Flight Recap for EOSS-184

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Student Outreach Payload Data


KC0UUO-11 Maiden Flight

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by Doug Gentges, N0IX

I sat down this morning with the data from EOSS-184.

First, the Outreach payload. We had a very successful flight. One anomaly occurred in flight, and that is that the GPS did not report position above 12km. Fortunately, it continued to log time, and I was able to transfer the GPS data from the KC0UUO-11 payload based on the time stamps.

Individual Sensors: Pressure/Inside Temperature (Bosch BMP085): The pressure data tracks very well with the GPS altitude up to about 15km. Above that the barometer starts to trend low. Lowest reported pressure was 18.18hPa. Converting that to altitude using the standard atmosphere and a nominal SLP gives 23,704m, which is somewhat lower than the GPS reading of 26,512m. The Pressure sensor has an onboard temperature sensor, which recorded a low of -24.4C during descent. This indicates that there was most likely some cold air intrusion into the payload.

Outside Temperature/Relative Humidity (Sensirion SHT15): The relative humidity values look reasonable up to burst, although I'm not exactly sure what to expect here. During descent, the RH spikes, but then returns to more reasonable values once on the ground. Like the Barometer, this part also has an onboard temperature sensor, which was left exposed to the outside environment. It recorded a low of -27.69C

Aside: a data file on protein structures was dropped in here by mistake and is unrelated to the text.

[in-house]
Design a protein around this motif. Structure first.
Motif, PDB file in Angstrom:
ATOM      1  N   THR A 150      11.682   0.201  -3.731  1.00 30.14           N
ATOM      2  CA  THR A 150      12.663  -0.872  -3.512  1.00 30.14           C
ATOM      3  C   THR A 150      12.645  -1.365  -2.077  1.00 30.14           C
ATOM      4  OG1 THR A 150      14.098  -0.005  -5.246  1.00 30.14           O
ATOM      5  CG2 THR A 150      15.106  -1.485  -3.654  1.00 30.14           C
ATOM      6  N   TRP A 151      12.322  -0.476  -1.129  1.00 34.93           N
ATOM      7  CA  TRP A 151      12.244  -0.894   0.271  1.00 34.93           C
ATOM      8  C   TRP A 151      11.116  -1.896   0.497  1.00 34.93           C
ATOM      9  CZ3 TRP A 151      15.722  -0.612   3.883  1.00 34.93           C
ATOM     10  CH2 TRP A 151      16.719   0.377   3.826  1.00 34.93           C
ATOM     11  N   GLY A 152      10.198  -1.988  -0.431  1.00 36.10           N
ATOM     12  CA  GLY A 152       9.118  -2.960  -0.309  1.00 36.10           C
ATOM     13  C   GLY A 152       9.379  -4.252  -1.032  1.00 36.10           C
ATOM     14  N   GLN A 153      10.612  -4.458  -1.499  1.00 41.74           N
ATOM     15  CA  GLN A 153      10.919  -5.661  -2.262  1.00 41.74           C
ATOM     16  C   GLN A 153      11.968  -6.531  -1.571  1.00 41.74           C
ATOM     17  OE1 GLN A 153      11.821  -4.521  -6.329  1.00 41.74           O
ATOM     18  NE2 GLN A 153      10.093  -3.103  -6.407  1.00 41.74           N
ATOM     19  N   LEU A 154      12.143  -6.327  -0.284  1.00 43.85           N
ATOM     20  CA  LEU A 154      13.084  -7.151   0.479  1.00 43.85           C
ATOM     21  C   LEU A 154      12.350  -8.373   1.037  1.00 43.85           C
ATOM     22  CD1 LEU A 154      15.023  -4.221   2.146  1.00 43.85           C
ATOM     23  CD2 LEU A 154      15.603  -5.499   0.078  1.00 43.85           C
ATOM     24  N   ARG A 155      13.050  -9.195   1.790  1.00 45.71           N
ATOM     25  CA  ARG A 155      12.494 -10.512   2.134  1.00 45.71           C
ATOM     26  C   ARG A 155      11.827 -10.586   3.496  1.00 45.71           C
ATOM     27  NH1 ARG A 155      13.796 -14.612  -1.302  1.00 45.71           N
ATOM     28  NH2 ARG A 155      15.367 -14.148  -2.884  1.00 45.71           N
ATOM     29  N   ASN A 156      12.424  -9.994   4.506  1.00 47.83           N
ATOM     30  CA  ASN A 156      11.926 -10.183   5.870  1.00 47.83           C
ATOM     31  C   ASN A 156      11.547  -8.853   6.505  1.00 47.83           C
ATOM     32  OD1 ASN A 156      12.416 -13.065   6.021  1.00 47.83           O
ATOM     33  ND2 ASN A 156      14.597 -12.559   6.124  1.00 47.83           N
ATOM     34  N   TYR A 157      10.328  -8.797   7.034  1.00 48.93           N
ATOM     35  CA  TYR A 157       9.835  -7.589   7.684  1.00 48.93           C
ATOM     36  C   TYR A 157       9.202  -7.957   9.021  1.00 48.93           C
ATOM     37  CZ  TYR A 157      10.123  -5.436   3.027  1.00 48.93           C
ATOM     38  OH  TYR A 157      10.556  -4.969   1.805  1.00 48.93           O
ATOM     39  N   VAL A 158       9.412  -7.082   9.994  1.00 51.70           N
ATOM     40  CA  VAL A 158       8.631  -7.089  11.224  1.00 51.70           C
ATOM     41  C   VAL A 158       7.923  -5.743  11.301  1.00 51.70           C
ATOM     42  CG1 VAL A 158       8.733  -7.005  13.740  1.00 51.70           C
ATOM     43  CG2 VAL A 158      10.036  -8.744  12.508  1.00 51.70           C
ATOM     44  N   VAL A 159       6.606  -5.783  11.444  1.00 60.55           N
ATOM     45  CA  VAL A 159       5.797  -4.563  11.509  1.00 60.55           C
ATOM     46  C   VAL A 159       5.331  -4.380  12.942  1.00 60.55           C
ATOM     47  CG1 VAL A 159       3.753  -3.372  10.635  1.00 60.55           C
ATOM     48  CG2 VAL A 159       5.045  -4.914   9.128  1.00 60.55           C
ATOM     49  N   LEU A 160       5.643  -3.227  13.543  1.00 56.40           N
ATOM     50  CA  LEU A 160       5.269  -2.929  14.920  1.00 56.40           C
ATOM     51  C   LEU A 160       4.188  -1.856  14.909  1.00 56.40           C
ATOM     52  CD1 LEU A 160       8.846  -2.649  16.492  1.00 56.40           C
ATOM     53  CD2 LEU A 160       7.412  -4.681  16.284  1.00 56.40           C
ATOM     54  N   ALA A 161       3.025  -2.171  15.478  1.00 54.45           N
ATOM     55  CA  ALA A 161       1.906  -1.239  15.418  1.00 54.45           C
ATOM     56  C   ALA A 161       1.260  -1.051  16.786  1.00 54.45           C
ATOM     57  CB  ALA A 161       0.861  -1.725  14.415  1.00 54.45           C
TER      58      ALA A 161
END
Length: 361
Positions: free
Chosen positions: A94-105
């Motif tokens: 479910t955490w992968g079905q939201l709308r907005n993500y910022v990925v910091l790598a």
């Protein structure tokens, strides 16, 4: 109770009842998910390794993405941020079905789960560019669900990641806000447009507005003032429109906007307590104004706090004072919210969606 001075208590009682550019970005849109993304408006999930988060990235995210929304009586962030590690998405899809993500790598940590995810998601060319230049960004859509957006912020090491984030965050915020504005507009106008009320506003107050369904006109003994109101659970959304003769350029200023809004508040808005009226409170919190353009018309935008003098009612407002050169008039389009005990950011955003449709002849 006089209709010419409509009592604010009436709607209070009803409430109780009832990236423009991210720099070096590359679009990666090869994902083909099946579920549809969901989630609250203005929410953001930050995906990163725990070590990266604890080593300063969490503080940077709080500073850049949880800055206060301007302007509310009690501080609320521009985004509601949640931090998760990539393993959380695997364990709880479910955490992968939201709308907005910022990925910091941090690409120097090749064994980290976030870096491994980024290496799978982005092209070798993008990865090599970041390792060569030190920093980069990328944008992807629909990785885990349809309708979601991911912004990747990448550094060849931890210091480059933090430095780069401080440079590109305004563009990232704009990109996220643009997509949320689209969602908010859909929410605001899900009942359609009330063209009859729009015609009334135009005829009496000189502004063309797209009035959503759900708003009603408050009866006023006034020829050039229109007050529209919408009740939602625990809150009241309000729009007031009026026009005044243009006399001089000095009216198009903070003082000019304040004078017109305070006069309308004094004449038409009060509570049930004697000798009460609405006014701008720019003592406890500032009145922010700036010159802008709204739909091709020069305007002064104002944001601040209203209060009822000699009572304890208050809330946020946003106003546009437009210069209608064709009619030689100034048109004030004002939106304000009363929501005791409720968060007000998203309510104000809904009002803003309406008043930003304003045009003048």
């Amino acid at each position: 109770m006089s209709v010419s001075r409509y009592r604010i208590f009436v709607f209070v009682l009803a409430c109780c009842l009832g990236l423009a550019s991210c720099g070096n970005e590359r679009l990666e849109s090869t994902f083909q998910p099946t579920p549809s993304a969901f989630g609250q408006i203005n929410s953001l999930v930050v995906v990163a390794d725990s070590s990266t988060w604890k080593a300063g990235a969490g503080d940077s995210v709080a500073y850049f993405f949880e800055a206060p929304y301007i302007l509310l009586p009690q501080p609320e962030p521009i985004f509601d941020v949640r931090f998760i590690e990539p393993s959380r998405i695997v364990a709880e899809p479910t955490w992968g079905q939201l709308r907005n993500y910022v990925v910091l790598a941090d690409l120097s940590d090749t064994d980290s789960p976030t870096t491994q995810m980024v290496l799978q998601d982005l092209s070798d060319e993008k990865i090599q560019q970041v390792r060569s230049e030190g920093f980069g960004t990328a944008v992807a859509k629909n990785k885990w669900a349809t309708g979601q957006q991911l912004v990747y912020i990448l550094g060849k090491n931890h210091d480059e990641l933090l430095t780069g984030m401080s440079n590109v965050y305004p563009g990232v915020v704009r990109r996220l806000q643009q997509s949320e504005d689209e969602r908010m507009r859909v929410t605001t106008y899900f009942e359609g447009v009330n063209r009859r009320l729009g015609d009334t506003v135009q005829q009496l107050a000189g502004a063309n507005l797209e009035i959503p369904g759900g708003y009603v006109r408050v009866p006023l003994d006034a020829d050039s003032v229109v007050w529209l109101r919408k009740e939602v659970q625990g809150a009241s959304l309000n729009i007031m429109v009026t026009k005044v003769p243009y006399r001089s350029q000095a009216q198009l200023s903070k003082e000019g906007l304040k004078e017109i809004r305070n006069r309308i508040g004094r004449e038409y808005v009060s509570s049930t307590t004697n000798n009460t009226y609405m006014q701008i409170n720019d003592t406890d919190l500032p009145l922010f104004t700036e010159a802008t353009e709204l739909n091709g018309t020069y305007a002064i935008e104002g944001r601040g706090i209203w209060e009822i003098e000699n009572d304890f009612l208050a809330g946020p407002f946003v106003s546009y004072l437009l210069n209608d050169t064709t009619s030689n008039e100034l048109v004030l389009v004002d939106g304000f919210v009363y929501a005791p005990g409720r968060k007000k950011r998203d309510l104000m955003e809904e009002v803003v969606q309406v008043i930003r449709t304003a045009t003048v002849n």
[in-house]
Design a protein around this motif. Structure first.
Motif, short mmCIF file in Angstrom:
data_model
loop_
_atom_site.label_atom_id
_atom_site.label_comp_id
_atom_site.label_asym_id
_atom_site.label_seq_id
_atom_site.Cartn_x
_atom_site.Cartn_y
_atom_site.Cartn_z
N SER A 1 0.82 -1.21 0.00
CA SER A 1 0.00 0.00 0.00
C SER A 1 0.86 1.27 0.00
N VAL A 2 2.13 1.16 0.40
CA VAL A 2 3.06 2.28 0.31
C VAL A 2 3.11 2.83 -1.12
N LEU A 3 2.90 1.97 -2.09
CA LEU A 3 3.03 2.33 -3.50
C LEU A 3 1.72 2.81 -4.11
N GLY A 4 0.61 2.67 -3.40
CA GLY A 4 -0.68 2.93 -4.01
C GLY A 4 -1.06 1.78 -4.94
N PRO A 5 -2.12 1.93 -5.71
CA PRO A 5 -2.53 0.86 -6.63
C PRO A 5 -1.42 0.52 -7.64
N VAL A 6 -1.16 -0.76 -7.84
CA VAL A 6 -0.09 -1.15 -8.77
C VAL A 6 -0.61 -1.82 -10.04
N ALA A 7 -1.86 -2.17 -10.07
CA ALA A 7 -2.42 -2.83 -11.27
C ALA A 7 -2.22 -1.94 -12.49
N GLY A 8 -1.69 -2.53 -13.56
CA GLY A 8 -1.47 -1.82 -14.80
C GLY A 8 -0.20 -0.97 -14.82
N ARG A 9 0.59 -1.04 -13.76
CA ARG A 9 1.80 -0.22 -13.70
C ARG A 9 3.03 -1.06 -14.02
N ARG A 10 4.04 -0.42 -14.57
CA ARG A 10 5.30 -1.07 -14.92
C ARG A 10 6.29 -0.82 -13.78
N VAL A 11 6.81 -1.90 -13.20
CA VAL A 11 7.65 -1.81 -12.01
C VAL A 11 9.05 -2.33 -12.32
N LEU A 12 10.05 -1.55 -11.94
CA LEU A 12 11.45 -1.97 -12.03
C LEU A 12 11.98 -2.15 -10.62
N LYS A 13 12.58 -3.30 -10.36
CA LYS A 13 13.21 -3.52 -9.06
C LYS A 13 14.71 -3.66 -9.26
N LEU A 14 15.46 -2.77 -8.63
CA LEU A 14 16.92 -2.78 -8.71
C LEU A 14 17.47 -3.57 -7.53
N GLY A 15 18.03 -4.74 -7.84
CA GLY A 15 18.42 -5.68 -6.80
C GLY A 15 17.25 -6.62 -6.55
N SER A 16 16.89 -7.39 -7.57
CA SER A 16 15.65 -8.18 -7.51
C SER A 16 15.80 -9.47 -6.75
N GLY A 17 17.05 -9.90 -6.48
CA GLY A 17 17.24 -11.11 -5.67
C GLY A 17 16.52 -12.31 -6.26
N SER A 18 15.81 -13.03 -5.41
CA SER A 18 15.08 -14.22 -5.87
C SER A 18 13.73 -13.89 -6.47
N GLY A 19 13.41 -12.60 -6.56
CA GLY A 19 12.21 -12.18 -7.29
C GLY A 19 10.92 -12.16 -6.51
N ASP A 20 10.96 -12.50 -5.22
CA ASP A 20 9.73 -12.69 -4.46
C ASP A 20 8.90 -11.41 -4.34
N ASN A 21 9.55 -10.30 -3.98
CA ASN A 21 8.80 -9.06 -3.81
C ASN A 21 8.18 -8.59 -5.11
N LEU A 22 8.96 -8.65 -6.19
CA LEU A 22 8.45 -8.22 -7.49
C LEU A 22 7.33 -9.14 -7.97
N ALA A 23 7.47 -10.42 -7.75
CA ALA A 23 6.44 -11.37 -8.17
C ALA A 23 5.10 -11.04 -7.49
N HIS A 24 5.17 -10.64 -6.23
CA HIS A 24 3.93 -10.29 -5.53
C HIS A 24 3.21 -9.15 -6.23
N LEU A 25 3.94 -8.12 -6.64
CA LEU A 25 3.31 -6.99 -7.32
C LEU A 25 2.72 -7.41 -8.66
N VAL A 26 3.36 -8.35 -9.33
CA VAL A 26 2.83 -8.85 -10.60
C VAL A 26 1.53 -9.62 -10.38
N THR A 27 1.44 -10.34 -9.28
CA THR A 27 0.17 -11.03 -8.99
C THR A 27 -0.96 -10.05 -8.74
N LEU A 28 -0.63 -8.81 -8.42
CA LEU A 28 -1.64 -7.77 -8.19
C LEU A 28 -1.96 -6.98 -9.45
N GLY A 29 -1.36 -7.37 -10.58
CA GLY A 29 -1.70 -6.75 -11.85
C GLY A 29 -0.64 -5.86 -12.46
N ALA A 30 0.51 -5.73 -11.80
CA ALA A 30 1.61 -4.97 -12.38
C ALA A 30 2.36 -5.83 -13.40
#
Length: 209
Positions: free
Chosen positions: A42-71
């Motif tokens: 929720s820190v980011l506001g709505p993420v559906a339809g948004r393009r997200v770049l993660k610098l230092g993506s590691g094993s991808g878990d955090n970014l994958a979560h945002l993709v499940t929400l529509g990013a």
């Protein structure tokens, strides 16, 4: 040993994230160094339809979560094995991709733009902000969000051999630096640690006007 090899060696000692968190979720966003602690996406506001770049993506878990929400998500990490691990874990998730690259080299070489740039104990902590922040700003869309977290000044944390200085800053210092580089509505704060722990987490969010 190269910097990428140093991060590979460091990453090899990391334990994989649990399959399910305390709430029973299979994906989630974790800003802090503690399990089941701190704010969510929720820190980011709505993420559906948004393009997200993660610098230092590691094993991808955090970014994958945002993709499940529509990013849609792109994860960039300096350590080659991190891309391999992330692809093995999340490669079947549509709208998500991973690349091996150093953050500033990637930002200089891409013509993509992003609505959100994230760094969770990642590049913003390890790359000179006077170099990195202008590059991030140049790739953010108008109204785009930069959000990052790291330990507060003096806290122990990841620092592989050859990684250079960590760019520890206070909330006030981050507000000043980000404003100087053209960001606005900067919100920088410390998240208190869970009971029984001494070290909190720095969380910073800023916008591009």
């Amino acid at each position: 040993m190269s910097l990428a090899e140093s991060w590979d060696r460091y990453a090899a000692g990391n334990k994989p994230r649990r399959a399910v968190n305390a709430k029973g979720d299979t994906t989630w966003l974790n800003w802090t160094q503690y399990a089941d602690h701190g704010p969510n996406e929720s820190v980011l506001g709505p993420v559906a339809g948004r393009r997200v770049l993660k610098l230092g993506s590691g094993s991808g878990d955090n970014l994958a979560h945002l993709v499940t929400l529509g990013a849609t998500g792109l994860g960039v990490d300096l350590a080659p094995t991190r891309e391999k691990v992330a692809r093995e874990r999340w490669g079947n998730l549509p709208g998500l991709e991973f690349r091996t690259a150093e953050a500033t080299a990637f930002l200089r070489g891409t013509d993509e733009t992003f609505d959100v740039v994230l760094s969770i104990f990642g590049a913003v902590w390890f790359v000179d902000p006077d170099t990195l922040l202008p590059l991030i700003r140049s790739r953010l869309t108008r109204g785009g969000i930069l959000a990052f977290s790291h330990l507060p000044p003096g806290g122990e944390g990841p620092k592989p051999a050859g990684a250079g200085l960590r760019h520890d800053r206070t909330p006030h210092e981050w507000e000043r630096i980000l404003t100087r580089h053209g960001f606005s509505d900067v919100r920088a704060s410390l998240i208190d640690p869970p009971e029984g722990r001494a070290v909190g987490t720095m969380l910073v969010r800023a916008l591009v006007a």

UV/Light sensors: I need to perform a little more analysis on the data from these sensors. The output is very noisy, so I'm going to try to go back through with some data averaging to see if I can get a better looking result.

The enclosure did suffer some damage, most likely when being pulled out of the tree. It may need some minor repair before flying again. Also, the O3 sensor arrived in the mail, and integrating that sensor will require some modifications to the enclosure

For KC0UUO-11 As you are most likely aware, there were very few packets logged on the ground from the payload while in flight. From what is known so far, it appears to either be a transmit power or antenna issue. More investigation needs to be done. The payload was transmitting when recovered, and did log good GPS data for the entire flight. The batteries performed nominally Pre-flight voltage was 7.21v, post flight is 6.84v. I'll need to do some investigation to see how long they would have lasted, or if they can be used on multiple flights.

Mechanically, the payload is in good shape. A small nylon screw used to hold the Tiny Track 4 and GPS board in place had the head snapped off. This may have happened in-flight, but more likely when it was dropped from the tree during recovery. The kydex frame came through fine.

Attached are two files. The first is a CSV file of outreach payload data. You should be able to import this into your spreadsheet of choice for data graphing.

The second is a .kmz file of the GPS data from KC0UUO

webmaster note: This payload was designed and built by Doug Gentges. It collects a variety of data that should offer an excellent data source for flying in the stratosphere for students.